Long after the great Reversal, all matter was eventually forced to leave the universe. Matter, space and the Souls it held all lapsed back into the Moment. The Rebirth occurred and all would begin again. How many times had it happened before? How many times would the Forces be released to establish new geometry with a new physics for its cosmos? That which defined space and matter would, in time, eventually lead to the creation of a new Sum of Souls. How many times would the Souls have to be separated from the One for the Sum to finally get it right; universally once and for All?

About the Author: 
I also offer my thanks for the opportunity for us non-scientists to think out loud and imagine the possibilities in spite of what we have yet to learn

Newsletter Signup

Submit your email address so we can send you occasional competition updates and tell you who wins!

Quantum Theories

B is for ... Bose-Einstein Condensate (BEC)

At extremely low temperatures, quantum rules mean that atoms can come together and behave as if they are one giant super-atom.

I is for ... Interferometer

Some of the strangest characteristics of quantum theory can be demonstrated by firing a photon into an interferometer: the device’s output is a pattern that can only be explained by the photon passing simultaneously through two widely-separated slits.

X is for ... X-ray

In 1923 Arthur Compton shone X-rays onto a block of graphite and found that they bounced off with their energy reduced exactly as would be expected if they were composed of particles colliding with electrons in the graphite. This was the first indication of radiation’s particle-like nature.

P is for ... Probability

Quantum mechanics is a probabilistic theory: it does not give definite answers, but only the probability that an experiment will come up with a particular answer. This was the source of Einstein’s objection that God “does not play dice” with the universe.

F is for ... Free Will

Ideas at the heart of quantum theory, to do with randomness and the character of the molecules that make up the physical matter of our brains, lead some researchers to suggest humans can’t have free will.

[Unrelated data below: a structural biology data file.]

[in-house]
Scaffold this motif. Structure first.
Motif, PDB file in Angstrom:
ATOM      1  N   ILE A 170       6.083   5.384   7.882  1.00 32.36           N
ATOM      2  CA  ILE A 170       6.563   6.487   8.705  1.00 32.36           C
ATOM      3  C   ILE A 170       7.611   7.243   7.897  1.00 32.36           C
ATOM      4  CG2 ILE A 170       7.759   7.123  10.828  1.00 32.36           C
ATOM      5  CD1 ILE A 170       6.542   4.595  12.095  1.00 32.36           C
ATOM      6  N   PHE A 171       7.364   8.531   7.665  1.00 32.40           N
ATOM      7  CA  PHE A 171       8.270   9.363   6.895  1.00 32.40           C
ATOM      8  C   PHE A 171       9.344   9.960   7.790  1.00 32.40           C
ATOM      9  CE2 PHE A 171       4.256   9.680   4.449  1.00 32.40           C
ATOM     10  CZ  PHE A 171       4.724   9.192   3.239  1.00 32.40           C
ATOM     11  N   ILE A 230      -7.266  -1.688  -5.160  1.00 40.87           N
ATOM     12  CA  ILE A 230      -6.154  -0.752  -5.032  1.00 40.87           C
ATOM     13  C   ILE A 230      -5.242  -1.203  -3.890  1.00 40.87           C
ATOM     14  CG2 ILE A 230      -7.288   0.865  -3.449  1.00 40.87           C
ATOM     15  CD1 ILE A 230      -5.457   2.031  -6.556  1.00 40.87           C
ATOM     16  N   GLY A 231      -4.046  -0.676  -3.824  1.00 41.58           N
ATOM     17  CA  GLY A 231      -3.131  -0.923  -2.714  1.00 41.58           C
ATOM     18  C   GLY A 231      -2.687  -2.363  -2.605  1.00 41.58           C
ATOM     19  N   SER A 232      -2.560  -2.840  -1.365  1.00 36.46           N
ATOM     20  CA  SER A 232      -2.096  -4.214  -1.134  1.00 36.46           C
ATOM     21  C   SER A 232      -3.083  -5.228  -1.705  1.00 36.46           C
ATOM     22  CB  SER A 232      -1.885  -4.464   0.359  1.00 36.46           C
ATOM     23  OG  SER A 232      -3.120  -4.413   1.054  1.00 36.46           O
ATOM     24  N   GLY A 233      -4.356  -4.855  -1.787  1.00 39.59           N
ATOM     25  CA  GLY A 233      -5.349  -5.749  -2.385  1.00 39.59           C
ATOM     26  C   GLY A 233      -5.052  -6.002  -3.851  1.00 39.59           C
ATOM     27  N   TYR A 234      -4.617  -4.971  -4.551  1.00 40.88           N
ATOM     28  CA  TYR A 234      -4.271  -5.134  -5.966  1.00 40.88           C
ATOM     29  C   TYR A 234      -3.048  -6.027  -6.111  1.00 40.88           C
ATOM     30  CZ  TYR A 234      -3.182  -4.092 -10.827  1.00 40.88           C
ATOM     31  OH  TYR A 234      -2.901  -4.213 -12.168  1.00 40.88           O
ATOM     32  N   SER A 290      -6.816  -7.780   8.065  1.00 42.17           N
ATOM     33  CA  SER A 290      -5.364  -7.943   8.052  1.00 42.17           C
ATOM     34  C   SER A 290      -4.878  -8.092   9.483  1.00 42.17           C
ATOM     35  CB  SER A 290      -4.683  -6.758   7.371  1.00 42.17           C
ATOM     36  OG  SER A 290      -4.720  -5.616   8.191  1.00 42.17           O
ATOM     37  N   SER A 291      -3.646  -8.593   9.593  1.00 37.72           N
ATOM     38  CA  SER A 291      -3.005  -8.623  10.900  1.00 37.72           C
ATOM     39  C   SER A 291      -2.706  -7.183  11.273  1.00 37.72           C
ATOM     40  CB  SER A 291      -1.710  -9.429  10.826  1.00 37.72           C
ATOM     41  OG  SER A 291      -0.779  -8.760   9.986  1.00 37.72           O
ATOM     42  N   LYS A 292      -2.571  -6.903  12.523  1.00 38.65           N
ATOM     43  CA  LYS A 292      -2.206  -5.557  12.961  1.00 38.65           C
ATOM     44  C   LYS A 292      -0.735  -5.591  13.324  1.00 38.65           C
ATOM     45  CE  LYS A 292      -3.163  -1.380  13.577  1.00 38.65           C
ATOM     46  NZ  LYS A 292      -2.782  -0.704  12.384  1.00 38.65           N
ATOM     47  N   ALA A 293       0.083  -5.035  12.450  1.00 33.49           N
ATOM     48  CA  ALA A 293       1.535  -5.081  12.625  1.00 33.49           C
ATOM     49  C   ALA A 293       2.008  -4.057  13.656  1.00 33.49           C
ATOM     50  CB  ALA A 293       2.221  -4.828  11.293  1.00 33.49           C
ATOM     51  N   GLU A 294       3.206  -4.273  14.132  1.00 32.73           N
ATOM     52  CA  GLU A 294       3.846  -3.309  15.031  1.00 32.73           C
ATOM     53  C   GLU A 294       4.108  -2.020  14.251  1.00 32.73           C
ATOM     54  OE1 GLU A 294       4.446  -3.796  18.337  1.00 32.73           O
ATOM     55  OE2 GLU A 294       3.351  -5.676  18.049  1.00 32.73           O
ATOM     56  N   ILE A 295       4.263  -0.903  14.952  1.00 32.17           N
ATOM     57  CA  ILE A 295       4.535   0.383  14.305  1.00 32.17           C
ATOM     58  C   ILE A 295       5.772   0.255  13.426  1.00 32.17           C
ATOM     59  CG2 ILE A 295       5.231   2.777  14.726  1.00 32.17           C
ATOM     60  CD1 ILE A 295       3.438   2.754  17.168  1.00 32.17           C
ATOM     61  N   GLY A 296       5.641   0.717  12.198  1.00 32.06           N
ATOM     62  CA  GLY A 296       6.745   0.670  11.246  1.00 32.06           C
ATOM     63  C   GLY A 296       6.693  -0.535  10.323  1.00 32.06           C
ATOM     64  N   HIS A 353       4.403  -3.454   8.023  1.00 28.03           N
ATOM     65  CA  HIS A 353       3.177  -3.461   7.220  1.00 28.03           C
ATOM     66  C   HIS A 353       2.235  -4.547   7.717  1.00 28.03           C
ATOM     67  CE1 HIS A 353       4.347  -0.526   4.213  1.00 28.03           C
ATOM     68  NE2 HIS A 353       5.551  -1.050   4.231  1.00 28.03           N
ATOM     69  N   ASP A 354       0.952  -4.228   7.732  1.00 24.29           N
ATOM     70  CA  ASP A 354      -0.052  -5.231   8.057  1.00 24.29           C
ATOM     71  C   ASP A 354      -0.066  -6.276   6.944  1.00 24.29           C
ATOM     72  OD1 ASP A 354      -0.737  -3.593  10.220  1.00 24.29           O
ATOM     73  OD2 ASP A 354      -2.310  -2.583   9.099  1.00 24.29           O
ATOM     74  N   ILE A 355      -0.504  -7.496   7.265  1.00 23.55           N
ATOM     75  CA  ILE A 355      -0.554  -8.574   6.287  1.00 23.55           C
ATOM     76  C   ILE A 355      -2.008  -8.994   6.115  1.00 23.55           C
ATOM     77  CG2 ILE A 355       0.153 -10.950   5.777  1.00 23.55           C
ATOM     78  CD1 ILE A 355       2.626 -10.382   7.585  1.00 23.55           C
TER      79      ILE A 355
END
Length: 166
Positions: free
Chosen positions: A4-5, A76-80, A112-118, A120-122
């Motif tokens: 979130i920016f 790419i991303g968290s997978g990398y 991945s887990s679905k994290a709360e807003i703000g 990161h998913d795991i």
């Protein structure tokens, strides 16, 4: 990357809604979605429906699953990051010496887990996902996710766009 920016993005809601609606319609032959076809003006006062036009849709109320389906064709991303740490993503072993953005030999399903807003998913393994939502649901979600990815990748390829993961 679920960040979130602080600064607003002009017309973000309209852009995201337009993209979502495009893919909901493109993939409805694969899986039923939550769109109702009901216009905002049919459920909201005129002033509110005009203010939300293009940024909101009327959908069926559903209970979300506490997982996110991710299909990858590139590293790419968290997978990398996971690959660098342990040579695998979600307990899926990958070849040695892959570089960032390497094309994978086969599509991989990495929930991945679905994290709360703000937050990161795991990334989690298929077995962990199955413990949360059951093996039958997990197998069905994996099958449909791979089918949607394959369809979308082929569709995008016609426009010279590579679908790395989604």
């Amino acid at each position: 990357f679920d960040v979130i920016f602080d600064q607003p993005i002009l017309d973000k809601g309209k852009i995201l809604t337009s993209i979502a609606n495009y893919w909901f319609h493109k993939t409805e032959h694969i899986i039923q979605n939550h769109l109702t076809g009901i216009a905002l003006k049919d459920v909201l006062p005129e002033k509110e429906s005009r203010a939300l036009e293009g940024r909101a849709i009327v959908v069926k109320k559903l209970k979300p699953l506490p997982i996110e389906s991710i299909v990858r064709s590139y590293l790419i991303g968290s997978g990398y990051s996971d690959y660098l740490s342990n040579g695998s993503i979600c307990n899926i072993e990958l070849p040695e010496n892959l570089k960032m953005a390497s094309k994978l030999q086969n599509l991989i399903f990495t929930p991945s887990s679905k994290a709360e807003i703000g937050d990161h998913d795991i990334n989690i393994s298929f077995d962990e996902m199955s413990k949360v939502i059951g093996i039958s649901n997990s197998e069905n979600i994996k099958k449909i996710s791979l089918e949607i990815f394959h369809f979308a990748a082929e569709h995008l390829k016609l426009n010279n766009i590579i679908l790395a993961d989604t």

K is for ... Kaon

These are particles that carry a quantum property called strangeness. Some fundamental particles have the property known as charm!

R is for ... Radioactivity

The atoms of a radioactive substance break apart, emitting particles. It is impossible to predict when the next particle will be emitted as it happens at random. All we can do is give the probability that any particular atom will have decayed by a given time.

R is for ... Reality

Since the predictions of quantum theory have been right in every experiment ever done, many researchers think it is the best guide we have to the nature of reality. Unfortunately, that still leaves room for plenty of ideas about what reality really is!

T is for ... Teleportation

Quantum tricks allow a particle to be transported from one location to another without passing through the intervening space – or that’s how it appears. The reality is that the process is more like faxing, where the information held by one particle is written onto a distant particle.

S is for ... Superposition

Quantum objects can exist in two or more states at once: an electron in superposition, for example, can simultaneously move clockwise and anticlockwise around a ring-shaped conductor.

Y is for ... Young's Double Slit Experiment

In 1801, Thomas Young proved light was a wave, and overthrew Newton’s idea that light was a “corpuscle”.

D is for ... Dice

Albert Einstein decided quantum theory couldn’t be right because its reliance on probability means everything is a result of chance. “God doesn’t play dice with the world,” he said.

V is for ... Virtual particles

Quantum theory’s uncertainty principle says that since not even empty space can have zero energy, the universe is fizzing with particle-antiparticle pairs that pop in and out of existence. These “virtual” particles are the source of Hawking radiation.

S is for ... Schrödinger Equation

This is the central equation of quantum theory, and describes how any quantum system will behave, and how its observable qualities are likely to manifest in an experiment.

A is for ... Atom

This is the basic building block of matter that creates the world of chemical elements – although it is made up of more fundamental particles.

Q is for ... Quantum biology

A new and growing field that explores whether many biological processes depend on uniquely quantum processes to work. Under particular scrutiny at the moment are photosynthesis, smell and the navigation of migratory birds.

T is for ... Tunnelling

This happens when quantum objects “borrow” energy in order to bypass an obstacle such as a gap in an electrical circuit. It is possible thanks to the uncertainty principle, and enables quantum particles to do things other particles can’t.

H is for ... Hawking Radiation

In 1975, Stephen Hawking showed that the principles of quantum mechanics would mean that a black hole emits a slow stream of particles and would eventually evaporate.

W is for ... Wave-particle duality

It is possible to describe an atom, an electron, or a photon as either a wave or a particle. In reality, they are both: a wave and a particle.